Reinvention via combustion

Every two years or so, I get the itch to change everything.

I’ve spent a good chunk of today investigating why that might be. It’s not the easiest thing to Google; most of what’s there is clickbait listicles re: “How often should you change your career?

I feel certain I’m not the only one who entertains the urge to reinvent herself fairly frequently, but I can’t find where the rest of us are writing.

So - here - I’m writing.

Brief context: My history

It’s not that I want to burn everything down and start over — far from it. I mean, I’ve been there before. Tabula rasa is beautifully tempting in its blank, infinite possibility. But I like what I’ve built.

I’m an expat (slash immigrant — but I prefer plain ol’ “foreigner”). Born in Arizona, living in Barcelona. It’s not incidental; I’m not here because I don’t know where else to be. Over the past eight years, I’ve built a life here on purpose.

My adult life in a dry paragraph: I came here on a Fulbright grant to teach English, and managed to stretch out the gig for three years in Madrid. Then I finagled my way into the Barcelona tech start-up world. Recently, I got engaged to a Catalan boy.

By and large, I’m very happy here. I’m lucky, and I also make my own happiness. Both things are true.

But I feel pushed to make a big change.

If you’re already happy, why bother with change?

It’s almost as if comfort itself pushes me out. When I tailor my rhythm and logistics just so, and each day fits neatly into the next, and I have everything I want, and nothing is missing — I am plagued by the thought of falling into stagnation. I want to evolve.

I used to be obsessed with the idea of dynamism. There’s this wonderful D.H. Lawrence (yes, the Lady Chatterly guy) essay called Why The Novel Matters, wherein he states:

If the one I love remains unchanged and unchanging, I shall cease to love her. It is only because she changes and startles me into change and defies my inertia, and is herself staggered in her inertia by my changing, that I continue to love her. If she stayed put, I might as well love the pepper pot.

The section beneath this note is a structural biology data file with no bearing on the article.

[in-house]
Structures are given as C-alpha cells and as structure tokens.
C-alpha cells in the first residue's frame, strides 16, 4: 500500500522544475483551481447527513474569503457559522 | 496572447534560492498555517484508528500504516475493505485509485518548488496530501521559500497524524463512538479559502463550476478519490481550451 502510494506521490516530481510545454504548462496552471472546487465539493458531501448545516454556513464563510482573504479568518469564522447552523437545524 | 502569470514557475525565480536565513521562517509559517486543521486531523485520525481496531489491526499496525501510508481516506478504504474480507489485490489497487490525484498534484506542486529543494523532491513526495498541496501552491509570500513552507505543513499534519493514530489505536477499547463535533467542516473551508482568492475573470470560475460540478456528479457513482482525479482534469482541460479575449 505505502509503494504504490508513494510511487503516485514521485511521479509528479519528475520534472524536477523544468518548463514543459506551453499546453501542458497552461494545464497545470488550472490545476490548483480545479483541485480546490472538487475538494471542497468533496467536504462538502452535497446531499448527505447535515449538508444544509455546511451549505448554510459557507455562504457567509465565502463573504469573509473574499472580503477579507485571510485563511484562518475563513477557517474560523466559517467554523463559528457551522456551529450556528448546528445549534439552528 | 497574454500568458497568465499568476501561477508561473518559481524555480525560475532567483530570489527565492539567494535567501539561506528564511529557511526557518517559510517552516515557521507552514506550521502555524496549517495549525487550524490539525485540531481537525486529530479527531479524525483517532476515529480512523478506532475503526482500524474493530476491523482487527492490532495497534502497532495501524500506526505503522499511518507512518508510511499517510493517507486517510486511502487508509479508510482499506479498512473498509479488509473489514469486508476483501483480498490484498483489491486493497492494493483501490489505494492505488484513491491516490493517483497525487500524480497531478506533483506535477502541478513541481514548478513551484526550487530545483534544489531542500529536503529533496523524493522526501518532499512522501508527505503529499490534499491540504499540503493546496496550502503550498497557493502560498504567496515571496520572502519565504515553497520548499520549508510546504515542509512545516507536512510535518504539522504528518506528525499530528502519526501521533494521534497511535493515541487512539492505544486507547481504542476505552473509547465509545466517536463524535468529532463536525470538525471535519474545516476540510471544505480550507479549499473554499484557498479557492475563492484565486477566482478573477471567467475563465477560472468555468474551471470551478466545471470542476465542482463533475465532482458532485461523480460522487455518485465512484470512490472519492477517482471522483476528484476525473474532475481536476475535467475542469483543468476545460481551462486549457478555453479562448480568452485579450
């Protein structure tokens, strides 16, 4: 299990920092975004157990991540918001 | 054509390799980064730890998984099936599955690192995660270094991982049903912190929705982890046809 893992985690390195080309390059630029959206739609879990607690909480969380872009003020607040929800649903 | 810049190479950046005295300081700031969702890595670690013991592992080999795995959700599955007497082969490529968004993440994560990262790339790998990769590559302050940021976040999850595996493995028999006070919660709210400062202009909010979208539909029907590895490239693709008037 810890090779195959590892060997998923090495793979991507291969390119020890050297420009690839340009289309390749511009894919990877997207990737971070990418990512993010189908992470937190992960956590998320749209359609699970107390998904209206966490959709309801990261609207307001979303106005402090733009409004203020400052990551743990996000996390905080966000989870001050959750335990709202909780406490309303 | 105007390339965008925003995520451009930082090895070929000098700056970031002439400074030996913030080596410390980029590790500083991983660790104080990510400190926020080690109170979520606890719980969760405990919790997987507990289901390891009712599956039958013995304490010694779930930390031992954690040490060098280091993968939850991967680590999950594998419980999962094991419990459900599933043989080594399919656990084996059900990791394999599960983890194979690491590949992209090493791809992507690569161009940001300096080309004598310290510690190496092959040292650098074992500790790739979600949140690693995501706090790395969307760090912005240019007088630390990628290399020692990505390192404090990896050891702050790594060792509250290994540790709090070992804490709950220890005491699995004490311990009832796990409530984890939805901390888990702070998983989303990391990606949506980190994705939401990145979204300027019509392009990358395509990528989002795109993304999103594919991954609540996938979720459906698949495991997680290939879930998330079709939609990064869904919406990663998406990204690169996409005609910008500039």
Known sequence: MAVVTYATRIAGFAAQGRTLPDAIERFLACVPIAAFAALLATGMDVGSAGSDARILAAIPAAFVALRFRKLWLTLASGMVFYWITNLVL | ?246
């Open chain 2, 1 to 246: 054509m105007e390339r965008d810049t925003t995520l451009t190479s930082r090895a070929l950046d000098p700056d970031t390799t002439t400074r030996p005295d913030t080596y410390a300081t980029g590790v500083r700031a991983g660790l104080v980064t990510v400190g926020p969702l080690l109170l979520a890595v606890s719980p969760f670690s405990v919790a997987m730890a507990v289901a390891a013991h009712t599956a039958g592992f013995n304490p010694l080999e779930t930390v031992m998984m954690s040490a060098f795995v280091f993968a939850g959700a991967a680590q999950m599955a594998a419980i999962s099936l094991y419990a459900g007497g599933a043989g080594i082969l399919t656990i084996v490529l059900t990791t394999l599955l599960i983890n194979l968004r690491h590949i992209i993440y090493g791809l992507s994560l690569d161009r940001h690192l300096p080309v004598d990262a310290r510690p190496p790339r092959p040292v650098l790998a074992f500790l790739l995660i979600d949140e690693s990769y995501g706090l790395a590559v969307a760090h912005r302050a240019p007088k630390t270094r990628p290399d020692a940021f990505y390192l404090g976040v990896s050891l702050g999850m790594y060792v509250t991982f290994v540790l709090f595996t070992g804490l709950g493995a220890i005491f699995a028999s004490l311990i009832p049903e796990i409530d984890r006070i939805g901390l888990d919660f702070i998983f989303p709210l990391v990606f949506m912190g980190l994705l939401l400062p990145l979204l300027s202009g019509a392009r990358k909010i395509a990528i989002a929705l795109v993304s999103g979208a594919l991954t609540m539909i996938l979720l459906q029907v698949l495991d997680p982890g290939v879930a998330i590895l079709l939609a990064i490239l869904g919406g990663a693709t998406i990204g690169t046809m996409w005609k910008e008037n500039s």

Meaning in both life and text results from being in motion. The text on a shelf is a dead thing; it requires engagement from the reader for meaning to begin its dance. Similarly — for me, at least — life signed/sealed/delivered feels like a small death (and not the fun French kind). I become incredibly antsy with my own impending mortality. Even the thought of enjoying things in the exact same way five years down the road induces mild anxiety.

I don’t know if it’s due to my upbringing, my cultural background, or some secret in my genetic code that provokes me this way. Probably some combination of all three. It doesn’t particularly matter, really.

What does matter is that I pay attention to it.

And the decision to do that, consistently, is something that makes me quite proud of myself.

Up in flames like a phoenix

Like just about everyone, I’ve been through some shit. Some of my shit makes awfully good stories; perhaps they’ll emerge over time.

I’ve been terribly down before. On several occasions, I’ve felt completely lost to myself. Have you ever failed to recognize yourself in the mirror?

The place I keep finding myself, inevitably, is on the page.

Writing is my way of fighting back. Against the crunch of routine, security, and the known. Against the Spanish cultural imperative to to simply settle and the American mistake of confusing comfort for happiness.